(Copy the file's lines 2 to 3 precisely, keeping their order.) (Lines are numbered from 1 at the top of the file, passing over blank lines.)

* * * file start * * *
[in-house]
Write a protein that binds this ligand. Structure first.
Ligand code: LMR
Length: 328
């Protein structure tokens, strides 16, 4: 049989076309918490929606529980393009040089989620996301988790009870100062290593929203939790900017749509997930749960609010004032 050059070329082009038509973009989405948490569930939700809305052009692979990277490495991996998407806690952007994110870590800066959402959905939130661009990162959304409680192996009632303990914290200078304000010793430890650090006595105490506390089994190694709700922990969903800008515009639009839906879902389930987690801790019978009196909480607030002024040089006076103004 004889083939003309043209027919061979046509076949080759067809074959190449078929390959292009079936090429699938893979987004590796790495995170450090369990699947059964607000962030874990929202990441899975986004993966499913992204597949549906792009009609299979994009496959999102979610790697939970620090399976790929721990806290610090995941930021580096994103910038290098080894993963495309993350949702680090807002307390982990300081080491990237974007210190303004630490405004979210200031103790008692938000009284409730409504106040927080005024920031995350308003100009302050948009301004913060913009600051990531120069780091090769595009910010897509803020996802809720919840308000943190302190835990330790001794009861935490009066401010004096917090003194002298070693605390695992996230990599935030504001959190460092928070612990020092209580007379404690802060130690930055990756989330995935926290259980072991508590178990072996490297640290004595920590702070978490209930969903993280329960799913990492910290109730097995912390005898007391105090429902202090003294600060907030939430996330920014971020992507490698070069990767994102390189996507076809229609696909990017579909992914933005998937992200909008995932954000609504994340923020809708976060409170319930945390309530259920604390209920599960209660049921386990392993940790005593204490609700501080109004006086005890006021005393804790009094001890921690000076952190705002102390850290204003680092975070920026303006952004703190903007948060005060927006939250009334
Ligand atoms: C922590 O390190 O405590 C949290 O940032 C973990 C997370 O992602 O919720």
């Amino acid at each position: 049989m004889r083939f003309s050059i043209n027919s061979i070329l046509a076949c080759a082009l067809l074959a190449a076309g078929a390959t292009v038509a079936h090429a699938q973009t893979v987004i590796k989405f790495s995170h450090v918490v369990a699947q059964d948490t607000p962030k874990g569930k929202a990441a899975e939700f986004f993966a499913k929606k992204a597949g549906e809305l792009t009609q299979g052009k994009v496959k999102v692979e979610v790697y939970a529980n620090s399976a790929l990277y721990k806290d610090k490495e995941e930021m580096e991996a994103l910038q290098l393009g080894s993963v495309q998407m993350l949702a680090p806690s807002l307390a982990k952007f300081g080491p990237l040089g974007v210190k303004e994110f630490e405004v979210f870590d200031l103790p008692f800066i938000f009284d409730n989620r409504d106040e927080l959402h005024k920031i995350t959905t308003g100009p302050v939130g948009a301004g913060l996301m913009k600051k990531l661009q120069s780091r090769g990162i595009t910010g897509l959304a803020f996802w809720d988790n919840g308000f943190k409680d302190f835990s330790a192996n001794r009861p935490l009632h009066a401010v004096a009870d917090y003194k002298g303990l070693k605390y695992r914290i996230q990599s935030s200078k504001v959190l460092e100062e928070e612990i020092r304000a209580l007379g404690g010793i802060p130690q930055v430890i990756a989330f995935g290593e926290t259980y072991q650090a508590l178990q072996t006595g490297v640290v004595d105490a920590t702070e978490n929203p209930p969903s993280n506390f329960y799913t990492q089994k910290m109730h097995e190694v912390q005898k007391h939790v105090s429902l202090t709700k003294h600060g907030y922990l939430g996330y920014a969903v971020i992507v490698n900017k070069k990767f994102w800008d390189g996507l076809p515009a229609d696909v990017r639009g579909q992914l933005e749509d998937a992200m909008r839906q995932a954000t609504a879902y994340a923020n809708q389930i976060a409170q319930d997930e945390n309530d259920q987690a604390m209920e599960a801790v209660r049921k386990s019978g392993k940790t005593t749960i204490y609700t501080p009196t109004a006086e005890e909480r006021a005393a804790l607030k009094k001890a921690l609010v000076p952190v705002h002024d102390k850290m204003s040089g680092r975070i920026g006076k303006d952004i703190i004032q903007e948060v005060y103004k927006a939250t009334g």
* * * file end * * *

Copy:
Write a protein that binds this ligand. Structure first.
Ligand code: LMR